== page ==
Because Pilates is gentle and challenging at the same time, it is safe and effective for nearly everyone, irrespective of age or fitness ability, from expectant mothers to the super fit. It is also a phenomenal cross-training tool, helping you to maximize the sports and activities you love the most. Many professional athletes turn to Pilates when they want to bring their best, and the world-renowned Cirque du Soleil regularly trains on the Pilates apparatus to perform their awe-inspiring feats.
The medical community also recognizes Pilates as a modality that assists with physical therapy. Pilates work is often incorporated into conventional therapy to facilitate healing and protect clients from future injury. It's so beneficial, in fact, that many people continue with a Pilates regime long after they have healed from their injuries. Pilates also offers tremendous benefit and relief for people who suffer from chronic conditions, such as arthritis and asthma. Because every exercise involves deep, diaphragmatic breathing, Pilates aids specifically in opening the lungs, helping shallow breathers learn how to breathe properly and build respiratory stamina. Pilates enhances circulatory function and builds the muscles that surround the joints, providing a new support, and simultaneously lubricating the joints, helping to reduce inflammation, which leads to arthritis. Finally, through the development of a stronger core, and emphasis of neutral spinal alignment, Pilates helps people to correct postural imbalances, prevent and heal chronic back pain, and improve overall spine health.
"In 10 sessions you will feel the difference, in 20 sessions you will see the difference, and in 30 you will have a new body." – Joseph Pilates
Yoga Yoga means "to yoke," or "to conjoin." This holistic practice is deeply rooted in ancient Indian culture that unites the mind, body and spirit through movement, breathing techniques and meditation.
Yoga's exact origin and history is uncertain; however, we do know that it is thousands of years old, the earliest signs of yoga postures having appeared as drawings on artifacts dating back to 3000 B.C. Yoga was introduced in the West during the early 19th century where it began as a movement for health and vegetarianism, and by the 1960s, there was an influx of Indian teachers who expounded on yoga and are responsible for the myriad styles we have available to us today. The yogi Swami Sivananda, a doctor in Malaysia, is best known for codifying the "Five Principles of Yoga" which are now taught in yoga classes all over the world and facilitate strength, balance, flexibility, anti-aging and the curing of illness and disease. These five principles include:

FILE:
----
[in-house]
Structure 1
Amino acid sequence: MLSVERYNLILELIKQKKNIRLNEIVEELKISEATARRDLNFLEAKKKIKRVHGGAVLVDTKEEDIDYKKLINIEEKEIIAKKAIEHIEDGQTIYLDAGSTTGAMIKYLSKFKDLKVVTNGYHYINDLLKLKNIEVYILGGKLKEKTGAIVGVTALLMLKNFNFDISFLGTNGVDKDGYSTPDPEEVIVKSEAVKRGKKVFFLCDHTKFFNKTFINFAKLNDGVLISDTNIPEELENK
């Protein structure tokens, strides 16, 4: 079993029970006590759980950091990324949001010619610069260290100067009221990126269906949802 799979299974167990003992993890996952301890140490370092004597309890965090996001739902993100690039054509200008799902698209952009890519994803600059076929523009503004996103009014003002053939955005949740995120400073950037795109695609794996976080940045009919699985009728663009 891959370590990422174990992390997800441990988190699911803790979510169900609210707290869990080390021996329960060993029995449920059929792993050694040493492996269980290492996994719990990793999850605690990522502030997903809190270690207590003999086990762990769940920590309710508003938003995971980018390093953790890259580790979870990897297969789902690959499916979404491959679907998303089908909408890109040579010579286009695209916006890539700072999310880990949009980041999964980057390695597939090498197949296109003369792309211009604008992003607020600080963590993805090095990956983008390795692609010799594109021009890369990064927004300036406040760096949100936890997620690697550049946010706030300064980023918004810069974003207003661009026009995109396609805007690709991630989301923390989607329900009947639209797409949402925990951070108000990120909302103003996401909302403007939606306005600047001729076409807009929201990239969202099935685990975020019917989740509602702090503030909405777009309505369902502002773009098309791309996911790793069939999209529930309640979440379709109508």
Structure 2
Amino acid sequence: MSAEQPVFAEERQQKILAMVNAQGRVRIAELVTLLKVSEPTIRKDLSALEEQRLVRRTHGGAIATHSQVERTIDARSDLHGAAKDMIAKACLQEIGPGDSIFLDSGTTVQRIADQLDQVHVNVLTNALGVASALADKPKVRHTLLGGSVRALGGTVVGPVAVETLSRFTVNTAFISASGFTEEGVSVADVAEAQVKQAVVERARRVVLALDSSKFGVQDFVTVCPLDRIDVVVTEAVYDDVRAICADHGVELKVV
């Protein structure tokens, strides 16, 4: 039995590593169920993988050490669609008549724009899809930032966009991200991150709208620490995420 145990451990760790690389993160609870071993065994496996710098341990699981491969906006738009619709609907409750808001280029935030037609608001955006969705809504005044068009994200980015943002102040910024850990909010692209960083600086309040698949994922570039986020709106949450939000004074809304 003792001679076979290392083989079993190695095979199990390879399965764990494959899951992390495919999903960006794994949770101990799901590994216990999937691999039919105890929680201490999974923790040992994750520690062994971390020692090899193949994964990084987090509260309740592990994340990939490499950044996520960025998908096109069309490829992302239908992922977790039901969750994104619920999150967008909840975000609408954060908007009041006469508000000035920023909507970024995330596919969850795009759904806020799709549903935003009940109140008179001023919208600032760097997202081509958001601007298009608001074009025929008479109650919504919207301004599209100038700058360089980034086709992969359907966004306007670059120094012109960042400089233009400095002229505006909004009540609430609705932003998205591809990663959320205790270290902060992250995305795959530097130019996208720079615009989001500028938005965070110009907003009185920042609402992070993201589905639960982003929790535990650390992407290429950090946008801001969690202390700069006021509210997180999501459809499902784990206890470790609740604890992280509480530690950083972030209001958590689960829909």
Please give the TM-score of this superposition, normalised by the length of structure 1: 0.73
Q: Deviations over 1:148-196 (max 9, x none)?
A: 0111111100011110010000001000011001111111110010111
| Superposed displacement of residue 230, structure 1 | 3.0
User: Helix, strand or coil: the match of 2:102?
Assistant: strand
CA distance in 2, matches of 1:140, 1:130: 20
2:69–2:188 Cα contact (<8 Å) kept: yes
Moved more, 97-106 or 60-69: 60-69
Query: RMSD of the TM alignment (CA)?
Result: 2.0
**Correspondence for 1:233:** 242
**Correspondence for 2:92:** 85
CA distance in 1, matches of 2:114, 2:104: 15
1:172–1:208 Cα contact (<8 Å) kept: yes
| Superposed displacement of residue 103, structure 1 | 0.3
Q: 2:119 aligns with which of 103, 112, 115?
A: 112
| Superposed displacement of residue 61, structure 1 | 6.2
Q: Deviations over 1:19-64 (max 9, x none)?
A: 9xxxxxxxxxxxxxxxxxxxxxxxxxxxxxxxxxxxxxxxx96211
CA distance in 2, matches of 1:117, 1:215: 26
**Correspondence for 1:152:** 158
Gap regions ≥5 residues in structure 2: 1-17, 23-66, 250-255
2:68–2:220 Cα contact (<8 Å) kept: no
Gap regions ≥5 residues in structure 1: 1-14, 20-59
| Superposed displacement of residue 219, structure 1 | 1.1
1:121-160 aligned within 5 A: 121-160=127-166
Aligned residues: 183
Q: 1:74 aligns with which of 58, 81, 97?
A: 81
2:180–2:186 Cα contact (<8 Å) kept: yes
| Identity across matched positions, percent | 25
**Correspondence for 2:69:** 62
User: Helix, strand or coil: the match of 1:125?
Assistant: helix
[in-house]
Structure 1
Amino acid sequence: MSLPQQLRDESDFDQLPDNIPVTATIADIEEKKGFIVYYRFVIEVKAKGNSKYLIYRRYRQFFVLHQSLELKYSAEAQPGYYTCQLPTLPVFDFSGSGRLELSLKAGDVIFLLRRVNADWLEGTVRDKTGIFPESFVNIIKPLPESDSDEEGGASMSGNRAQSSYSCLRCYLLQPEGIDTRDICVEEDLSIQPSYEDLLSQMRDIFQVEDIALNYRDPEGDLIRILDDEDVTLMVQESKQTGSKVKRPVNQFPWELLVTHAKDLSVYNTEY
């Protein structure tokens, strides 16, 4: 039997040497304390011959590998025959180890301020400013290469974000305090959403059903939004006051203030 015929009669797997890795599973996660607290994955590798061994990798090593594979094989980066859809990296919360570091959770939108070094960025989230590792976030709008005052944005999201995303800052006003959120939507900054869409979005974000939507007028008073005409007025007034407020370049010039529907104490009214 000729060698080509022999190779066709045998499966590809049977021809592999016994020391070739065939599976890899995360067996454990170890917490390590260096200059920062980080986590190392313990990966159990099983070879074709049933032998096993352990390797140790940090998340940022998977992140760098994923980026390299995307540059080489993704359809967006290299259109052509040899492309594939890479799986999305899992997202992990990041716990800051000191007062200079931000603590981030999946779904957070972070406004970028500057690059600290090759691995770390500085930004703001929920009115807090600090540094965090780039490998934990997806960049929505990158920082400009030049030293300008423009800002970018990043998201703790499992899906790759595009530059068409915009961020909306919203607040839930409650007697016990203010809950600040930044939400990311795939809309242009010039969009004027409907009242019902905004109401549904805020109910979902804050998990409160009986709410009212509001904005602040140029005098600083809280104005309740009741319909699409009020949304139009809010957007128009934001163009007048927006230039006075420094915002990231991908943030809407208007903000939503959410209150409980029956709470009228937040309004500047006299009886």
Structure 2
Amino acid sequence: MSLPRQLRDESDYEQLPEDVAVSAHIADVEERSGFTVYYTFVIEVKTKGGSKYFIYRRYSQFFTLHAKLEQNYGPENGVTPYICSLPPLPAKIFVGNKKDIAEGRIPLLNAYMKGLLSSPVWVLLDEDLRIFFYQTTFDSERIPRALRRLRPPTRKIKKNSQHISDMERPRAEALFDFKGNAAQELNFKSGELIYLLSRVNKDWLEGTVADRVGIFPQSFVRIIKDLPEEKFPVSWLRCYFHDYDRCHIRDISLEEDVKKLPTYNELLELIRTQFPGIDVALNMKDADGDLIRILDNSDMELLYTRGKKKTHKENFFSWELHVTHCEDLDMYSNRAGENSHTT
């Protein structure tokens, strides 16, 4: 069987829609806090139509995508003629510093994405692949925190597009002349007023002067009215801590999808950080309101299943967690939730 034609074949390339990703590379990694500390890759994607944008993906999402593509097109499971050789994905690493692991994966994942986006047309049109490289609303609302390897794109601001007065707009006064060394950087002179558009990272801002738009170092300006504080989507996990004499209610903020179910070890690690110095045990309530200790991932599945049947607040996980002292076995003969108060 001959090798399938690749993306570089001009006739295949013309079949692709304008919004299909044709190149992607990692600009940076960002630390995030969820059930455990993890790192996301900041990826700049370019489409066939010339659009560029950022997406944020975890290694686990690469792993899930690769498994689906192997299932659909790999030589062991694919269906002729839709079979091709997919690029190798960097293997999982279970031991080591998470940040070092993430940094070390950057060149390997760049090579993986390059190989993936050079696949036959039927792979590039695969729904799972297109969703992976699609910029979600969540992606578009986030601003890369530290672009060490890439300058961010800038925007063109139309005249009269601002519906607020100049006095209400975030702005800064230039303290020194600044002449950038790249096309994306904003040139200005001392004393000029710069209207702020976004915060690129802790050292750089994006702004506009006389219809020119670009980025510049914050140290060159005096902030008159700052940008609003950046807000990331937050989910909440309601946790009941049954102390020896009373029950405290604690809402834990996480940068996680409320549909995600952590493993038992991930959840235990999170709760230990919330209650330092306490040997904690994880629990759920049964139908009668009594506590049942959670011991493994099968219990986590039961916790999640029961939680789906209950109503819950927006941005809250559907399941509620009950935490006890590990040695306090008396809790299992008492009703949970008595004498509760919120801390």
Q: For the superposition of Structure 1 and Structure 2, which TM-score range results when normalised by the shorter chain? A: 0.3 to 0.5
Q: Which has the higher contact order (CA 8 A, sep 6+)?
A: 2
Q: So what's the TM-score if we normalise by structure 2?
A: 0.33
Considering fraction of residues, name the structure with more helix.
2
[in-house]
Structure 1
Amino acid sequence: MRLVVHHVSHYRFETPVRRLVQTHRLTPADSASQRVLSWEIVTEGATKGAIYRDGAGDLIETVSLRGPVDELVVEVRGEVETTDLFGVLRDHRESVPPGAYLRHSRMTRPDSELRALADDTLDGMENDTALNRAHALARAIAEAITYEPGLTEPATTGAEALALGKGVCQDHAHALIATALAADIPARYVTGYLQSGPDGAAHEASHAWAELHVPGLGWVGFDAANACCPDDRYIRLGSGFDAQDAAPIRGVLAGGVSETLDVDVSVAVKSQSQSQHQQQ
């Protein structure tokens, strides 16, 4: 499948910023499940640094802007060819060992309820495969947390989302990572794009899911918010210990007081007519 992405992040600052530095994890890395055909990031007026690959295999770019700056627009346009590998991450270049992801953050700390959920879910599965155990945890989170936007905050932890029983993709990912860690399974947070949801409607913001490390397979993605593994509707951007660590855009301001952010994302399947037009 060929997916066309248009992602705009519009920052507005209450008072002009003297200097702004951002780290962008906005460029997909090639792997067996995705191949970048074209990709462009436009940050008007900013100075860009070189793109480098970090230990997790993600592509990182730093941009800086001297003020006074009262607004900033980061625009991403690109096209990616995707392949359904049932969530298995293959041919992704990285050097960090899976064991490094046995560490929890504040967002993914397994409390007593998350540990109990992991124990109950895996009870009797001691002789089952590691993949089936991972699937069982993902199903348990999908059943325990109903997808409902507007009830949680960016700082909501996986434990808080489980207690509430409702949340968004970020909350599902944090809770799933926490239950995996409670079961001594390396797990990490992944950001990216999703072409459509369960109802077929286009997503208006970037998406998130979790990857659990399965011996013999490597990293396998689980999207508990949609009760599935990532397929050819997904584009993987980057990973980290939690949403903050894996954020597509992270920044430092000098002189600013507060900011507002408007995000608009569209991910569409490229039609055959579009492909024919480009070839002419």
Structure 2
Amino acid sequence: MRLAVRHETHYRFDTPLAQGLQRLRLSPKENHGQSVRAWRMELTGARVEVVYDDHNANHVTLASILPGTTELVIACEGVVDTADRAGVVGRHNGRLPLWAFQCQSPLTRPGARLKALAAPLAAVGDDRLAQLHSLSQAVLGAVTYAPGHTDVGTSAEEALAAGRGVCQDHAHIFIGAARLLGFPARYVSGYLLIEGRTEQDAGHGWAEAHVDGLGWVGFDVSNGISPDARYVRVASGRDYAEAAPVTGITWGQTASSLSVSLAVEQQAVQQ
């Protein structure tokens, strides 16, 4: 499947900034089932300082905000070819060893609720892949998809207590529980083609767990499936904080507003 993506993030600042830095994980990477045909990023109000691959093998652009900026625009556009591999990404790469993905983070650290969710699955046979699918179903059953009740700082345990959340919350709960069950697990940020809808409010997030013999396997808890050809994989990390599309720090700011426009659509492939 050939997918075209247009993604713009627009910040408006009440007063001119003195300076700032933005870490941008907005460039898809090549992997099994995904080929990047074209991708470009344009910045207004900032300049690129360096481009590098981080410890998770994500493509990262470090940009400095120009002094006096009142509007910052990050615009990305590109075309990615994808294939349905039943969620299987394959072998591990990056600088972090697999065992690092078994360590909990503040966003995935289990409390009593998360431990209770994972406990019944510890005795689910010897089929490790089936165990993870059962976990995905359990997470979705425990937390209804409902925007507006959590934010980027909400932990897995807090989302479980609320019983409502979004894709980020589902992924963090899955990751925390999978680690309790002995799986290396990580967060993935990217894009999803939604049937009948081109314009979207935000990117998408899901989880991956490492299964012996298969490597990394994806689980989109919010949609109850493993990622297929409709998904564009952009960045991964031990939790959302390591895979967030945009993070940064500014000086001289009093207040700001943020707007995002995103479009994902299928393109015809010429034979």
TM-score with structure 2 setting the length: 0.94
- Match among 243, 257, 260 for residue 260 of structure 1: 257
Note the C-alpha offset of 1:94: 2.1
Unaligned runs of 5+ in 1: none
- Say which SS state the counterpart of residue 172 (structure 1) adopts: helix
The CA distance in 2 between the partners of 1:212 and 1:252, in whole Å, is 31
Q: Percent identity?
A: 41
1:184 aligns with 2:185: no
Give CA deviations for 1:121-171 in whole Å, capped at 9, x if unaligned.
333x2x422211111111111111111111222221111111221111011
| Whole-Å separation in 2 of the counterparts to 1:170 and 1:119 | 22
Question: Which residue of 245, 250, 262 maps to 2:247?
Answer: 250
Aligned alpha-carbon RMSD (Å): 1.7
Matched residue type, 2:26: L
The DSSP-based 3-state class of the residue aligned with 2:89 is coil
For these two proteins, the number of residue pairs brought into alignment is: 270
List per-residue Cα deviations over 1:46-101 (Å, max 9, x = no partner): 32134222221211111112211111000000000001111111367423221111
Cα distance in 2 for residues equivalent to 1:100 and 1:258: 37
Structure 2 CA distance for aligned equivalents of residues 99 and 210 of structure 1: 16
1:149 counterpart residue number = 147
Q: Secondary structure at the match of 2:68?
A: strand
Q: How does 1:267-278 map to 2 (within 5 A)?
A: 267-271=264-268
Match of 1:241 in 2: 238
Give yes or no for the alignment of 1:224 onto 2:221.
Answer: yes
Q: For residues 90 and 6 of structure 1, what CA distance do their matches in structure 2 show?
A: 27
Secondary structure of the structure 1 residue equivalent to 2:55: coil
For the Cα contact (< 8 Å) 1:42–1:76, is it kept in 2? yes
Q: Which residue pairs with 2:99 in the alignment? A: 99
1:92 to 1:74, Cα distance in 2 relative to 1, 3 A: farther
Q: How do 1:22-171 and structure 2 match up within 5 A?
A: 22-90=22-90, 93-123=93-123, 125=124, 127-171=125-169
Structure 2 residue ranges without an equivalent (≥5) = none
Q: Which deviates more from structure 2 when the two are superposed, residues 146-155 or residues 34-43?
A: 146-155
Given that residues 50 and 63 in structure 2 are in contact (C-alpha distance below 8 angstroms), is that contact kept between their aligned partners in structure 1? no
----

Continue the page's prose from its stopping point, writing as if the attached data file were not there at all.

Asanas (proper exercise)
Pranayama (correct breathing)
Saucha (proper diet)
Dhyana (positive thinking and meditation)
Savasana (complete relaxation)
The origin of yoga is a spiritual one. It was originally used as a means to move energy through the body in such a way that the student is left feeling calm enough to sit in meditation after the practice. While many schools of yoga still have these spiritual goals and components, many others focus on the physical aspects alone—using yoga as a form of exercise that builds strength, flexibility and balance.
On the physical level, yoga postures, called asanas, are designed to tone, strengthen, and align the body, increase flexibility, and promote blood flow to all the organs, glands, and tissues, keeping all the body's systems healthy and balanced. Sun salutations, warrior poses, standing balances, seated forward bends, twists, backbends, inversions and savasana are all standard poses that you will see in just about any yoga class, regardless of the style. Nearly every class generally follows a progression from standing to seated poses. While yoga is practiced by many with goals of spiritual union and improved health, make no mistake: It is quite a workout, too. Every muscle gets stretched, strengthened and challenged is a yoga class.
The yoga philosophy believes the breath to be the most important facet of health, because it is the largest source of prana, or life force, we have available to us, and when we learn to harness it, anything is possible. Hatha yoga, the primary influence in modern yoga, utilizes pranayama, which literally means "the science or control of breathing" to help the practitioner quiet the mind, embrace the present moment and manifest good health.
Achieving proper alignment in each yoga posture, and moving into greater ranges of motion while staying connected to one's breath, challenges your comfort level and leads to transformation from the inside out; practitioners of yoga often see improvements in patience, physical strength, balance, flexibility, stress, energy levels and more.
"Yoga is not a religion. It is a science, science of well-being, science of youthfulness, science of integrating body, mind and soul." – Amit Ray